${\mathbf{ifail}}=99$
An unexpected error has been triggered by this routine. Please
contact
NAG.
See
Section 3.9 in How to Use the NAG Library and its Documentation for further information.
 ${\mathbf{ifail}}=399$
Your licence key may have expired or may not have been installed correctly.
See
Section 3.8 in How to Use the NAG Library and its Documentation for further information.
 ${\mathbf{ifail}}=999$
Dynamic memory allocation failed.
See
Section 3.7 in How to Use the NAG Library and its Documentation for further information.
7
Accuracy
When the problem is compatible, the computed solution
$x$ will satisfy the equation
where an estimate of
$\Vert r\Vert $ is returned in the argument
rnorm. When the problem is incompatible, the computed solution
$x$ will satisfy the equation
where an estimate of
$\Vert e\Vert $ is returned in the argument
arnorm. See also Section 6.2 of
Paige and Saunders (1982b).
8
Parallelism and Performance
f04qaf makes calls to BLAS and/or LAPACK routines, which may be threaded within the vendor library used by this implementation. Consult the documentation for the vendor library for further information.
Please consult the
X06 Chapter Introduction for information on how to control and interrogate the OpenMP environment used within this routine. Please also consult the
Users' Note for your implementation for any additional implementationspecific information.
The time taken by
f04qaf is likely to be principally determined by the time taken in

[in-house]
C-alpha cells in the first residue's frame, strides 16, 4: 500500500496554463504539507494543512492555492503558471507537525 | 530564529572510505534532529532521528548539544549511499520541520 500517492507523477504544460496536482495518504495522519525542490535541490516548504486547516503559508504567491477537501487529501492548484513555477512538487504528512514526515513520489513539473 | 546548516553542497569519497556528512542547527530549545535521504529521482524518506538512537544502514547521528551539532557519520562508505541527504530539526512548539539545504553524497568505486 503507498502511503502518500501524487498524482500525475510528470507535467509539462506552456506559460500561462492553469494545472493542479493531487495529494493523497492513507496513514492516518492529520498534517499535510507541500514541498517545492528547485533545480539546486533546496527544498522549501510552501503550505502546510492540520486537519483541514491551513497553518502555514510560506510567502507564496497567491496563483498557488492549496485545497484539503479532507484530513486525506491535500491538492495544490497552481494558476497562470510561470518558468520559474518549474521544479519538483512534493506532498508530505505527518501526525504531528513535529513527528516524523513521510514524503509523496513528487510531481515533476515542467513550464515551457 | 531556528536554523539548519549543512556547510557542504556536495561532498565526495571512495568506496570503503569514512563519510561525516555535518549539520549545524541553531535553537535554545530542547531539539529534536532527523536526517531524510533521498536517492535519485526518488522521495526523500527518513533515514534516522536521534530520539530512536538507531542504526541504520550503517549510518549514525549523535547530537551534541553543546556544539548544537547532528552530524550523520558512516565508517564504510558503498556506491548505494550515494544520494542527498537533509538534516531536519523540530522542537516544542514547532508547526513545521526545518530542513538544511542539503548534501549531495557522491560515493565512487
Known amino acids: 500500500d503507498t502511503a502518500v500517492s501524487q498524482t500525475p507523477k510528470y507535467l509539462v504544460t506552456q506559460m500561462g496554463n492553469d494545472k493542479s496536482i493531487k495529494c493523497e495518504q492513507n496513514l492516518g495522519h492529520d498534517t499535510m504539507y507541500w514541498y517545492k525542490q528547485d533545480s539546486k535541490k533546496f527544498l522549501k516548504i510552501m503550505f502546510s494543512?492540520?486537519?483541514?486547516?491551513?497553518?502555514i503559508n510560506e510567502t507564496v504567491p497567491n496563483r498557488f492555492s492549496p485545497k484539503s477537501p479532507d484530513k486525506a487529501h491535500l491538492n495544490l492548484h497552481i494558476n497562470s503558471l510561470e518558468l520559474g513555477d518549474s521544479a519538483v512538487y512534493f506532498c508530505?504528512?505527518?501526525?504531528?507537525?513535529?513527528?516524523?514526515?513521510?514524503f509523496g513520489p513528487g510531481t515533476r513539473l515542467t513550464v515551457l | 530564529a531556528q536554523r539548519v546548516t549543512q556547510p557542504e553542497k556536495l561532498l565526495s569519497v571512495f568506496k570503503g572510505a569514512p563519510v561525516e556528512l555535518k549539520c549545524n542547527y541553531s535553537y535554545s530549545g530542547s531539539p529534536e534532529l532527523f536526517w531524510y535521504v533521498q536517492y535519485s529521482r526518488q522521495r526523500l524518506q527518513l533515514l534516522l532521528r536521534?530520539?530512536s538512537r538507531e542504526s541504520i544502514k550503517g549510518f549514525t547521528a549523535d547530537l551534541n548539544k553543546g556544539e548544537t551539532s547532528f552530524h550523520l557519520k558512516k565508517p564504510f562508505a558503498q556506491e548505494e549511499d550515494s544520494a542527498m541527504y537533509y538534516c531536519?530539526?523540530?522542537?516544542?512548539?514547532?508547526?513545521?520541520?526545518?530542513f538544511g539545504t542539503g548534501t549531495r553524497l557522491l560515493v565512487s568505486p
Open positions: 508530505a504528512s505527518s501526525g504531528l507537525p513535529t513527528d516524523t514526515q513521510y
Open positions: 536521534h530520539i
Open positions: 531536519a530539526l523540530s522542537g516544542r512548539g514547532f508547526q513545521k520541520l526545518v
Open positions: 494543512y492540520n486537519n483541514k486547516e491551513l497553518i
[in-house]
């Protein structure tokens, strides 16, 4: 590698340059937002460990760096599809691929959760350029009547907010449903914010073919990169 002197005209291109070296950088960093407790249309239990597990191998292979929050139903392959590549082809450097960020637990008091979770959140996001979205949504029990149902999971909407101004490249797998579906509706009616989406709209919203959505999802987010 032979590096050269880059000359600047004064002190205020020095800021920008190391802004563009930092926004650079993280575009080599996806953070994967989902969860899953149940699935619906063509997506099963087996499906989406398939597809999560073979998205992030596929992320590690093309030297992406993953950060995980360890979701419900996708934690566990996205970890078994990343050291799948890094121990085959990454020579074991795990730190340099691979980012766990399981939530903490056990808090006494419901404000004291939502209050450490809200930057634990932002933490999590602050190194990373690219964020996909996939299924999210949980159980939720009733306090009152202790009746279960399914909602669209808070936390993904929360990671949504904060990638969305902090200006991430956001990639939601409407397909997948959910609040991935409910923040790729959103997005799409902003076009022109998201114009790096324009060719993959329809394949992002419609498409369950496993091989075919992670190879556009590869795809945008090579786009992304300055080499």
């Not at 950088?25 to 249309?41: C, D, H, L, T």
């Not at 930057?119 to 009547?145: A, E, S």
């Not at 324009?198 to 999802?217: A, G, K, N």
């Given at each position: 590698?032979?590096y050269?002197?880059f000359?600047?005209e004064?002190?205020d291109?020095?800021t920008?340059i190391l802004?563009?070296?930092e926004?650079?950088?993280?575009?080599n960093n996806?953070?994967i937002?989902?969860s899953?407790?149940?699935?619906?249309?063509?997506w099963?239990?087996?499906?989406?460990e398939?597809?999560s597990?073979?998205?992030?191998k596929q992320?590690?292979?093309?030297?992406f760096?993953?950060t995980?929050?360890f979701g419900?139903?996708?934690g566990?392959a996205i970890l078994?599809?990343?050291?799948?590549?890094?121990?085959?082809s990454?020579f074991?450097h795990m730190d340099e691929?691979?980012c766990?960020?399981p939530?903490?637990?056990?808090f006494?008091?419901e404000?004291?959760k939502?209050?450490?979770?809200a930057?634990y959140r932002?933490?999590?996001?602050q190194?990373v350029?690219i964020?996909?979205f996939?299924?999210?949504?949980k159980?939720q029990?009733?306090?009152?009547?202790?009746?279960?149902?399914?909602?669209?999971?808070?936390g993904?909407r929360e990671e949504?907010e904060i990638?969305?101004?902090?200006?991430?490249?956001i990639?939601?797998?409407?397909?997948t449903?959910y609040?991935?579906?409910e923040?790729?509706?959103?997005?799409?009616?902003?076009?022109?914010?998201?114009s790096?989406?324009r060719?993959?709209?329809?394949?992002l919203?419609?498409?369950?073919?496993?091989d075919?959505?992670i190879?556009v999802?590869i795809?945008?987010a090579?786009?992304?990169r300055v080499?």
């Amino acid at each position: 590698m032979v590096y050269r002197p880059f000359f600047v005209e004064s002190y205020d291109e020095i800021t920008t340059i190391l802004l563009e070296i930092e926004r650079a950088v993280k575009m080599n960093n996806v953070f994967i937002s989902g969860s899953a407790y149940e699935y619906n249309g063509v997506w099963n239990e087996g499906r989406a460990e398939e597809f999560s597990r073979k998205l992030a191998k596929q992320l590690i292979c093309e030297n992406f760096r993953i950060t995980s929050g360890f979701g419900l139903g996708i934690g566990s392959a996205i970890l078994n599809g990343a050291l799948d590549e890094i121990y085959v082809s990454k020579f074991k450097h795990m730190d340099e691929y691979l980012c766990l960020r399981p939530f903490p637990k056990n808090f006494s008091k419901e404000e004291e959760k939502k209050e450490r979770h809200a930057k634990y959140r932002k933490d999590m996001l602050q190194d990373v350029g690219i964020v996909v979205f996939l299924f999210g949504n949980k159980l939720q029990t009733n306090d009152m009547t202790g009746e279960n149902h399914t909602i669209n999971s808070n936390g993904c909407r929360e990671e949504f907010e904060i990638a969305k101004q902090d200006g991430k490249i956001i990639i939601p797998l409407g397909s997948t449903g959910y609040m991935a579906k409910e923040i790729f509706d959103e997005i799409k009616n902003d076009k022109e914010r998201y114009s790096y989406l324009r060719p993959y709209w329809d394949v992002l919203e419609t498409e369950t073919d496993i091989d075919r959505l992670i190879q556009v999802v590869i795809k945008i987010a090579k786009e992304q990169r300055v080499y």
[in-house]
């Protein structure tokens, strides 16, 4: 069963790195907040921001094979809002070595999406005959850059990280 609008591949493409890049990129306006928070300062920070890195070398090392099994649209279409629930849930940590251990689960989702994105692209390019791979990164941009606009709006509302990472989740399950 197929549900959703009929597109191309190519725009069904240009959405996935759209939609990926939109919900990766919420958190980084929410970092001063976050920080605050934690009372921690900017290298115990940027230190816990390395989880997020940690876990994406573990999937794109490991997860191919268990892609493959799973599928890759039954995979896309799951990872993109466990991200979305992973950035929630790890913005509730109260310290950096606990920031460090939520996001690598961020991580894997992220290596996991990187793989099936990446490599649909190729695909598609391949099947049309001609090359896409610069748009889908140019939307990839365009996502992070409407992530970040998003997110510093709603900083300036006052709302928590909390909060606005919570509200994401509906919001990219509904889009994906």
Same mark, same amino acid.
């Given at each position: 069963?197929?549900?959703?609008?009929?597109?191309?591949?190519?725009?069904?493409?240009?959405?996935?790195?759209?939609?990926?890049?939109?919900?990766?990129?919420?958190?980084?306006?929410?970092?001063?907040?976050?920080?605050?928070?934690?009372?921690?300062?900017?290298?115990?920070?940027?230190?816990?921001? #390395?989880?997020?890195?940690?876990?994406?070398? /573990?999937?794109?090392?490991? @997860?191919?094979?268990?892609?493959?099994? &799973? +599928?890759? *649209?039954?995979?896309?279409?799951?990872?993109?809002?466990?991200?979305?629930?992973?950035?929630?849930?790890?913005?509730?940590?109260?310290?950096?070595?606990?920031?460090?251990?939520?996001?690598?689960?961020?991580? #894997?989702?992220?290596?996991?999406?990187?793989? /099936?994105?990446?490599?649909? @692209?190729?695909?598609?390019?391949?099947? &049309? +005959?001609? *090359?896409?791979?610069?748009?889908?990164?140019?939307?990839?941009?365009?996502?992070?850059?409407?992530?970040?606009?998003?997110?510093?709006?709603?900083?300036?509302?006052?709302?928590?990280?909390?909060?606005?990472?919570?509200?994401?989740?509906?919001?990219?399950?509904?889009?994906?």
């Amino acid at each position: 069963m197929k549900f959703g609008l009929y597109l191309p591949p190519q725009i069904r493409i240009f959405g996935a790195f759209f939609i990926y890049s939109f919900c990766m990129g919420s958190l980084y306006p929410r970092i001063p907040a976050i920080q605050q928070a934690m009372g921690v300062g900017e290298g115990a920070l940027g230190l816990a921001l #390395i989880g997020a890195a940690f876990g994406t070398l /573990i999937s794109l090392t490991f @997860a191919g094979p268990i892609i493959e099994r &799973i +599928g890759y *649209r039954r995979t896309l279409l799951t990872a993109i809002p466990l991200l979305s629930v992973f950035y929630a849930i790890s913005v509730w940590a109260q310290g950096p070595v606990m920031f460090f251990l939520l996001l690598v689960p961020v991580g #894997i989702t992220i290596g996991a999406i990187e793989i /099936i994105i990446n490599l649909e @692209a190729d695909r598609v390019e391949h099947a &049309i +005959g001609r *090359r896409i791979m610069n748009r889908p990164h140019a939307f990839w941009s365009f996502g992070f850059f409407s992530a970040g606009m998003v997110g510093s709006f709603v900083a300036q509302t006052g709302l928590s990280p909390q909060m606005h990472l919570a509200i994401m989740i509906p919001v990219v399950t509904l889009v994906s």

aprod, which is called twice on each iteration, once with
${\mathbf{mode}}=1$ and once with
${\mathbf{mode}}=2$. The time taken per iteration by the remaining operations in
f04qaf is approximately proportional to
$\mathrm{max}\phantom{\rule{0.125em}{0ex}}\left(m,n\right)$.
The Lanczos process will usually converge more quickly if
$A$ is preconditioned by a nonsingular matrix
$M$ that approximates
$A$ in some sense and is also chosen so that equations of the form
$My=c$ can efficiently be solved for
$y$. For a discussion of preconditioning, see the
F11 Chapter Introduction. In the context of
f04qaf, problem
(1) is equivalent to
and problem
(2) is equivalent to minimizing
Note that the normal matrix
${\left(A{M}^{1}\right)}^{\mathrm{T}}\left(A{M}^{1}\right)={M}^{\mathrm{T}}\left({A}^{\mathrm{T}}A\right){M}^{1}$ so that the preconditioning
$A{M}^{1}$ is equivalent to the preconditioning
${M}^{\mathrm{T}}\left({A}^{\mathrm{T}}A\right){M}^{1}$ of the normal matrix
${A}^{\mathrm{T}}A$.
Preconditioning can be incorporated into
f04qaf simply by coding
aprod to compute